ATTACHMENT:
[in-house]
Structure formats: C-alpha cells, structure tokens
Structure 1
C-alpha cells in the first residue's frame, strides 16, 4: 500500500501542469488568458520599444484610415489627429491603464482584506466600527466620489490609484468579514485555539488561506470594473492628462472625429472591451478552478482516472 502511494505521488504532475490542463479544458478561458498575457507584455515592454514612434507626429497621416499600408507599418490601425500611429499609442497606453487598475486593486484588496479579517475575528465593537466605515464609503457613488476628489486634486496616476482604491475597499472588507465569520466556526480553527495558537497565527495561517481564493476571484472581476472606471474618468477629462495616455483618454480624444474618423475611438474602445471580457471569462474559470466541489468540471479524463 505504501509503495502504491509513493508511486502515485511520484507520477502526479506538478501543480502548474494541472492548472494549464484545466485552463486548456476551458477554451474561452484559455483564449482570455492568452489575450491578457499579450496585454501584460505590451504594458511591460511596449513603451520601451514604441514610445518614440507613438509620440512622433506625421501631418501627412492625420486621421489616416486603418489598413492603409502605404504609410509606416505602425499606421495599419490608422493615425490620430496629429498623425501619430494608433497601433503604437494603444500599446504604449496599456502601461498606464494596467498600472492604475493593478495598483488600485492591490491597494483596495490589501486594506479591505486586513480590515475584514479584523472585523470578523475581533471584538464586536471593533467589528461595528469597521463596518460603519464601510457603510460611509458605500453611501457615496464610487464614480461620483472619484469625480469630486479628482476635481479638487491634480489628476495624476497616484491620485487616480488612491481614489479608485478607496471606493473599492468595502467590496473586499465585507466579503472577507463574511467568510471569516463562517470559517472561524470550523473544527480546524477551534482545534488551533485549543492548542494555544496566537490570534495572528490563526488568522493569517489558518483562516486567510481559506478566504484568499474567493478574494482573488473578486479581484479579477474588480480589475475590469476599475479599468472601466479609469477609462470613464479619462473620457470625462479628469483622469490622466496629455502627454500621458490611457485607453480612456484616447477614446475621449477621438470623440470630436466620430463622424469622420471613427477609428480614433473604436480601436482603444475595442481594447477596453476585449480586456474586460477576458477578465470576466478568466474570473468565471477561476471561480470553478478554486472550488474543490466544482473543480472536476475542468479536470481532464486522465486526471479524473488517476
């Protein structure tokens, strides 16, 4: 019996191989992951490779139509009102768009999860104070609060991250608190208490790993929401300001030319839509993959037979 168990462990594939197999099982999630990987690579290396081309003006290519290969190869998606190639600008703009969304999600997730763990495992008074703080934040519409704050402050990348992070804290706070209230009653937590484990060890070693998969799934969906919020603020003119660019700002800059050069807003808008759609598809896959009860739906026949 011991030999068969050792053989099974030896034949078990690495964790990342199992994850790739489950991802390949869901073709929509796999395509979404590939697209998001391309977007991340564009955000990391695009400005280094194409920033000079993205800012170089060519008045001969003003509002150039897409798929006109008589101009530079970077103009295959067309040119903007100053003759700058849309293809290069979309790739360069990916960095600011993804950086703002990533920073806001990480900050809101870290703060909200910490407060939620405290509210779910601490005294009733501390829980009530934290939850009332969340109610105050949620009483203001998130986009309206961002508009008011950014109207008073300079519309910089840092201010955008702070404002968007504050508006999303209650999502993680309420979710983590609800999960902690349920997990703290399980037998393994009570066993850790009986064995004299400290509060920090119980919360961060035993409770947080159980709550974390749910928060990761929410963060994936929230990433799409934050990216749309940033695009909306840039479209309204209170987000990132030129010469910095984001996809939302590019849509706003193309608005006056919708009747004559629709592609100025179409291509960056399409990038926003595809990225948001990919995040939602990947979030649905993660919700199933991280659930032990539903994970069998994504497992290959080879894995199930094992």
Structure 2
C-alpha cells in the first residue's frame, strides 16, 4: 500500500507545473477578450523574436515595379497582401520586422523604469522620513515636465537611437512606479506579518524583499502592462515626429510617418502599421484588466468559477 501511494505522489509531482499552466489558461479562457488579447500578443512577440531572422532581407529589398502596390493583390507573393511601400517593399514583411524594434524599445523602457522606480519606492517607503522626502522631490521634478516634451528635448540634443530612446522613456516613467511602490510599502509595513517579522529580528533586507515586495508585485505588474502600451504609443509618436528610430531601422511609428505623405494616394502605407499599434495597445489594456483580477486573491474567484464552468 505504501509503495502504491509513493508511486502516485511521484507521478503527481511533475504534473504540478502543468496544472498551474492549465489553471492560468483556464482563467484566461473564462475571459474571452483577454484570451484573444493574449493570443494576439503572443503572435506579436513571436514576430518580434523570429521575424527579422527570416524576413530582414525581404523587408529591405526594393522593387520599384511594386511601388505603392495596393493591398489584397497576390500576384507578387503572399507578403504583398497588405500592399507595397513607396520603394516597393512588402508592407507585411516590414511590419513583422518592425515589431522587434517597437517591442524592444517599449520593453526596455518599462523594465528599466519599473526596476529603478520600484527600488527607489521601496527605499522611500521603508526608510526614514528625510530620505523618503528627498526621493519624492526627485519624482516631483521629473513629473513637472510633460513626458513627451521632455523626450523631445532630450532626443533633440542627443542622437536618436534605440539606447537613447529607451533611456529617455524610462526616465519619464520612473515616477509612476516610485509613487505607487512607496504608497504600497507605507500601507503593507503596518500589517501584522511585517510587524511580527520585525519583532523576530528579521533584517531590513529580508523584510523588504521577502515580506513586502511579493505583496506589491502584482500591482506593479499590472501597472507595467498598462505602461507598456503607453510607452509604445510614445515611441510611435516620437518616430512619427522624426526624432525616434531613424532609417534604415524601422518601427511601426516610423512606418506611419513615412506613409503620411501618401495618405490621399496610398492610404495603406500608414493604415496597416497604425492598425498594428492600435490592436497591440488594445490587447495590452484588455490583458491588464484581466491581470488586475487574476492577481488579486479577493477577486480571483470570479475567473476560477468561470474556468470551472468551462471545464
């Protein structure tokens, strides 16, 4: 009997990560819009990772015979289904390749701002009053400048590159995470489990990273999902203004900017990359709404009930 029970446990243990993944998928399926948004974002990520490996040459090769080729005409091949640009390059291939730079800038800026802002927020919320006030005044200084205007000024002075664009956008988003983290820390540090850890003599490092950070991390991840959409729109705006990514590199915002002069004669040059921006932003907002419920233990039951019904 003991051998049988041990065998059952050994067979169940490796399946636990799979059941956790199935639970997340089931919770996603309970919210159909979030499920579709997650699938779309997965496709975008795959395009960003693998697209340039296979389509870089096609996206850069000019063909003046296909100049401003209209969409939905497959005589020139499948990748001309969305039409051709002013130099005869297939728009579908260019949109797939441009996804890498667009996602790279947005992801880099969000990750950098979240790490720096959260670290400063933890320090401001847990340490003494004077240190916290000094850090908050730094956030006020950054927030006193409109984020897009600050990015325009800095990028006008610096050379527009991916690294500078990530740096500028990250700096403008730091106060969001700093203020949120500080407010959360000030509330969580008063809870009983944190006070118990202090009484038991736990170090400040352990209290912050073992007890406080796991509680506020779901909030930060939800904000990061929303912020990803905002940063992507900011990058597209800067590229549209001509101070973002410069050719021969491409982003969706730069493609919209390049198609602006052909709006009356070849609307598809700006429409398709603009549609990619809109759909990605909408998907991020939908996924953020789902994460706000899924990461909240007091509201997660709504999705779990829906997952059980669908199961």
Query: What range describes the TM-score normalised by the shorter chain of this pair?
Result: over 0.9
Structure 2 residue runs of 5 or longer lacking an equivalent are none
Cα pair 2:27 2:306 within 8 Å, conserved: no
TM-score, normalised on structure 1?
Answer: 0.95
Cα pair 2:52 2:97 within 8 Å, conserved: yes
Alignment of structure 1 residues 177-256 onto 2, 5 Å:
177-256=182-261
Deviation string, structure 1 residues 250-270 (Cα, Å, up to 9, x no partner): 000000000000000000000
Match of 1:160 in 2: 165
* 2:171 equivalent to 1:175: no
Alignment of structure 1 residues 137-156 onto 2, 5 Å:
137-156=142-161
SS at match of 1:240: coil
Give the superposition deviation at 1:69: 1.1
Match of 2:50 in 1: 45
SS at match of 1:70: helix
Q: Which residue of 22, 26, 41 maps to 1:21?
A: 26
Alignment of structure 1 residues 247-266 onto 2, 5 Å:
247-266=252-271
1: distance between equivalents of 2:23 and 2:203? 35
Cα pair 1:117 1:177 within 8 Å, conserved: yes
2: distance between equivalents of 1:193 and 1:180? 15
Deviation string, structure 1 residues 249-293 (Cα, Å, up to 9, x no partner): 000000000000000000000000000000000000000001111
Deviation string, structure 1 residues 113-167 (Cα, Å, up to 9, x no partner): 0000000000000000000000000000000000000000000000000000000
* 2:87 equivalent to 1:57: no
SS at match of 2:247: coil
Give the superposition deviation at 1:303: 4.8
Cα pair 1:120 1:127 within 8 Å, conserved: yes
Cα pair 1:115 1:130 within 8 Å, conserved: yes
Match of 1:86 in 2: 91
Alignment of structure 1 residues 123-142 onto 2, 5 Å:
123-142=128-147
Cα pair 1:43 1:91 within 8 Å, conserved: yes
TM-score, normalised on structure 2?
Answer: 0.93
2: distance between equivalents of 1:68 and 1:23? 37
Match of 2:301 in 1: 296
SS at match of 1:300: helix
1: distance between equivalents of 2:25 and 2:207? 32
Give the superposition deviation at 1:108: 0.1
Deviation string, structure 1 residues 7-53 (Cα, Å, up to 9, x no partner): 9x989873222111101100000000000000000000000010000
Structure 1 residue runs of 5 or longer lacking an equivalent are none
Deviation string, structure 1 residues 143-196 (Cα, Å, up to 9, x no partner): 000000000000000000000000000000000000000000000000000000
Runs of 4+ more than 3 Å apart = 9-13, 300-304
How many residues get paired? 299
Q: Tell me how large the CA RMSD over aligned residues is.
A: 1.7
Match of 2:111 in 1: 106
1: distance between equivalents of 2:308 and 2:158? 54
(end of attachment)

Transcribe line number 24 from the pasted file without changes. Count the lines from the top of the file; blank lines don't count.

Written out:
Give the superposition deviation at 1:69: 1.1